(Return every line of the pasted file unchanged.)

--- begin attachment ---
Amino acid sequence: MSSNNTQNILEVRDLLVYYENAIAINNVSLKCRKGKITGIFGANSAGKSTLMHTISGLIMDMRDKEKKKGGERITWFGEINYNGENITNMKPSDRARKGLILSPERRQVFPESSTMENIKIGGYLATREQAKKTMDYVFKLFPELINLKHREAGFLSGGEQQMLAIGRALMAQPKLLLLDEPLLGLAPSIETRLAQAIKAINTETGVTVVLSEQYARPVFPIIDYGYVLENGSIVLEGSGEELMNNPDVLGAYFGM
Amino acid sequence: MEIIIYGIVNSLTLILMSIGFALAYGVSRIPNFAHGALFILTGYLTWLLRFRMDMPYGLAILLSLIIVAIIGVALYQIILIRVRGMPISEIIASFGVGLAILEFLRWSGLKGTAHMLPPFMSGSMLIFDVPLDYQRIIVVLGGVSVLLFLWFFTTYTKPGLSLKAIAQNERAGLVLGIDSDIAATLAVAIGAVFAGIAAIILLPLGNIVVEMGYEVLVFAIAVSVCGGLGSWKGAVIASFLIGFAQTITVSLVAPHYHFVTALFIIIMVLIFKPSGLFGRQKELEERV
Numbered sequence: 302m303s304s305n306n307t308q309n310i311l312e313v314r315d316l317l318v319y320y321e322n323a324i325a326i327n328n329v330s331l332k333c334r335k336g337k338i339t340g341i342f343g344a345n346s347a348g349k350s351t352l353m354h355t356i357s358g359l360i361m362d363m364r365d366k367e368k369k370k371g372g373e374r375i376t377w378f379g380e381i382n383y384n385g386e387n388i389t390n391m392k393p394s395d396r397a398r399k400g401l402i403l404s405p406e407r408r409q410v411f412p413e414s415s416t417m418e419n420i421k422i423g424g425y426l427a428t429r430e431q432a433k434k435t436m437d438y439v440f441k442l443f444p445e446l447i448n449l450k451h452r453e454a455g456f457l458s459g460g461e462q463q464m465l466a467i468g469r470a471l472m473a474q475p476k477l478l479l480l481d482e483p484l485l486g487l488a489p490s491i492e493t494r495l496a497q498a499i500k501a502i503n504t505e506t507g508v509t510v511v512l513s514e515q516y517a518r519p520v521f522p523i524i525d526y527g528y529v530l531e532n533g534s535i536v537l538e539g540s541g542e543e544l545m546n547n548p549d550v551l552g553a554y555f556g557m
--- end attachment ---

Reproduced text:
Amino acid sequence: MSSNNTQNILEVRDLLVYYENAIAINNVSLKCRKGKITGIFGANSAGKSTLMHTISGLIMDMRDKEKKKGGERITWFGEINYNGENITNMKPSDRARKGLILSPERRQVFPESSTMENIKIGGYLATREQAKKTMDYVFKLFPELINLKHREAGFLSGGEQQMLAIGRALMAQPKLLLLDEPLLGLAPSIETRLAQAIKAINTETGVTVVLSEQYARPVFPIIDYGYVLENGSIVLEGSGEELMNNPDVLGAYFGM
Amino acid sequence: MEIIIYGIVNSLTLILMSIGFALAYGVSRIPNFAHGALFILTGYLTWLLRFRMDMPYGLAILLSLIIVAIIGVALYQIILIRVRGMPISEIIASFGVGLAILEFLRWSGLKGTAHMLPPFMSGSMLIFDVPLDYQRIIVVLGGVSVLLFLWFFTTYTKPGLSLKAIAQNERAGLVLGIDSDIAATLAVAIGAVFAGIAAIILLPLGNIVVEMGYEVLVFAIAVSVCGGLGSWKGAVIASFLIGFAQTITVSLVAPHYHFVTALFIIIMVLIFKPSGLFGRQKELEERV
Numbered sequence: 302m303s304s305n306n307t308q309n310i311l312e313v314r315d316l317l318v319y320y321e322n323a324i325a326i327n328n329v330s331l332k333c334r335k336g337k338i339t340g341i342f343g344a345n346s347a348g349k350s351t352l353m354h355t356i357s358g359l360i361m362d363m364r365d366k367e368k369k370k371g372g373e374r375i376t377w378f379g380e381i382n383y384n385g386e387n388i389t390n391m392k393p394s395d396r397a398r399k400g401l402i403l404s405p406e407r408r409q410v411f412p413e414s415s416t417m418e419n420i421k422i423g424g425y426l427a428t429r430e431q432a433k434k435t436m437d438y439v440f441k442l443f444p445e446l447i448n449l450k451h452r453e454a455g456f457l458s459g460g461e462q463q464m465l466a467i468g469r470a471l472m473a474q475p476k477l478l479l480l481d482e483p484l485l486g487l488a489p490s491i492e493t494r495l496a497q498a499i500k501a502i503n504t505e506t507g508v509t510v511v512l513s514e515q516y517a518r519p520v521f522p523i524i525d526y527g528y529v530l531e532n533g534s535i536v537l538e539g540s541g542e543e544l545m546n547n548p549d550v551l552g553a554y555f556g557m